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Information Channels in Labor Markets. On the Resilience of Referral Hiring

  • Alessandra Casella

    (Columbia University)

  • Nobuyuki Hanaki

    (Earth Institute, Columbia University)

Economists and sociologists disagree over markets' potential to assume functions typically performed by networks of personal connections, first among them the transmission of information. This paper begins from a model of labor markets where social ties are stronger between similar individuals and firms employing productive workers prefer to rely on personal referrals than to hire on the anonymous market (Montgomery (1991). However, we allow workers in the market to engage in a costly action that can signal their high productivity, and ask whether the possibility of signaling reduces the reliance on the network. We find that the network is remarkably resilient. To be effective signaling must fulfill two contradictory requirements: unless the signal is extremely precise, it must be expensive or it is not informative; but it must be cheap, or the network can undercut it.

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Paper provided by Fondazione Eni Enrico Mattei in its series Working Papers with number 2005.37.

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Date of creation: Mar 2005
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Handle: RePEc:fem:femwpa:2005.37
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  1. Mortensen, D. T. & Vishwanath, T., 1995. "Personal contacts and earnings: It is who you know!," Labour Economics, Elsevier, vol. 2(1), pages 103-104, March.
  2. Harry J. Holzer, 1986. "Search Method Use by Unemployed Youth," NBER Working Papers 1859, National Bureau of Economic Research, Inc.
  3. Michele Pellizzari, 2010. "Do Friends and Relatives Really Help in Getting a Good Job?," ILR Review, Cornell University, ILR School, vol. 63(3), pages 494-510, April.
  4. Javier Suarez & Samuel Bentolila & Claudio Michelacci, 2004. "Social Contacts and Occupational Choice," 2004 Meeting Papers 593, Society for Economic Dynamics.
  5. Yannis M. Ioannides & Linda Datcher Loury, 2002. "Job Information Networks, Neighborhood Effects and Inequality," Discussion Papers Series, Department of Economics, Tufts University 0217, Department of Economics, Tufts University.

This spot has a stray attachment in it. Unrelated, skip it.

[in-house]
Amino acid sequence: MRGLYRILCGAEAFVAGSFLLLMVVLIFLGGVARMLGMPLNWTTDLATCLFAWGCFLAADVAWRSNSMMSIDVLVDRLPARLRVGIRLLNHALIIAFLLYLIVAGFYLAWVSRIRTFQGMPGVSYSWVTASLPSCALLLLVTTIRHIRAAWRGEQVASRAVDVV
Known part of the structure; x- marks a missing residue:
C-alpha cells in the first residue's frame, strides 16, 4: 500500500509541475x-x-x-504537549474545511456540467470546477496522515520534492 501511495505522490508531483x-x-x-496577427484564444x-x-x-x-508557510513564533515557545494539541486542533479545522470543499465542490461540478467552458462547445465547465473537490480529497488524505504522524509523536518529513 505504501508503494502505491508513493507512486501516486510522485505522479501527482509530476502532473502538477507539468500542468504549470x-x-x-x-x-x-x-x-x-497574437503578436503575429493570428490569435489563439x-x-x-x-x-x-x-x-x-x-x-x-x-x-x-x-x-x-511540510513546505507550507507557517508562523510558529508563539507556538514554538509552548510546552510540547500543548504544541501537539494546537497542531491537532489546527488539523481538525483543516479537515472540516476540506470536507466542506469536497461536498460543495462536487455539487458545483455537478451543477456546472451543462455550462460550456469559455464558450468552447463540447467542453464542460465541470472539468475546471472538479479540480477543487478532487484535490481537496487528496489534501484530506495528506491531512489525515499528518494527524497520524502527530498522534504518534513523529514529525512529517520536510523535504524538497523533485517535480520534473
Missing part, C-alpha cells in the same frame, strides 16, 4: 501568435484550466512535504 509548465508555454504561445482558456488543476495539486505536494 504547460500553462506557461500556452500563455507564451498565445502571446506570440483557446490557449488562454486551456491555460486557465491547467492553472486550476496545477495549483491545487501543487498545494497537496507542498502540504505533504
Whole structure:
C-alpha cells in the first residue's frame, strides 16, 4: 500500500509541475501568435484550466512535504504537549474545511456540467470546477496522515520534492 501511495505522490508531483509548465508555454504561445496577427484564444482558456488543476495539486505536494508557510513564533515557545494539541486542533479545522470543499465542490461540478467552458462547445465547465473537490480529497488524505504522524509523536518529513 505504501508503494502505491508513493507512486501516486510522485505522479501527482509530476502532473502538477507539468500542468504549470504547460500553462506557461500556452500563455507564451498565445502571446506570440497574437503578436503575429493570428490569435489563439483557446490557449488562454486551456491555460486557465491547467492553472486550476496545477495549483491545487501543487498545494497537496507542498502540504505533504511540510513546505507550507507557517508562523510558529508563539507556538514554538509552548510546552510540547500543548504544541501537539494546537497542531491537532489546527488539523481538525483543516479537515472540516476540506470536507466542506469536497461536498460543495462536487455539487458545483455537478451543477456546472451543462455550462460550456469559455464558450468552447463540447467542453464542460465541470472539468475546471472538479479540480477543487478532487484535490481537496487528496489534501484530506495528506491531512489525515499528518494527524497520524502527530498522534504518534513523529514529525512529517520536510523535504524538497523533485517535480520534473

6. Antoni Calvó-Armengol & Matthew O. Jackson, 2004. "The Effects of Social Networks on Employment and Inequality," American Economic Review, American Economic Association, vol. 94(3), pages 426-454, June.
  7. Greif, Avner, 1993. "Contract Enforceability and Economic Institutions in Early Trade: the Maghribi Traders' Coalition," American Economic Review, American Economic Association, vol. 83(3), pages 525-48, June.
  8. Saloner, Garth, 1985. "Old Boy Networks as Screening Mechanisms," Journal of Labor Economics, University of Chicago Press, vol. 3(3), pages 255-67, July.
  9. Greif, Avner, 1994. "Cultural Beliefs and the Organization of Society: A Historical and Theoretical Reflection on Collectivist and Individualist Societies," Journal of Political Economy, University of Chicago Press, vol. 102(5), pages 912-50, October.
  10. Montgomery, James D, 1991. "Social Networks and Labor-Market Outcomes: Toward an Economic Analysis," American Economic Review, American Economic Association, vol. 81(5), pages 1407-18, December.
  11. Tassier, Troy & Menczer, Filippo, 2008. "Social network structure, segregation, and equality in a labor market with referral hiring," Journal of Economic Behavior & Organization, Elsevier, vol. 66(3-4), pages 514-528, June.
  12. Kranton, Rachel E, 1996. "Reciprocal Exchange: A Self-Sustaining System," American Economic Review, American Economic Association, vol. 86(4), pages 830-51, September.
  13. Luigi Pistaferri, 1999. "Informal Networks in the Italian Labor Market," Giornale degli Economisti, GDE (Giornale degli Economisti e Annali di Economia), Bocconi University, vol. 58(3-4), pages 355-375, December.
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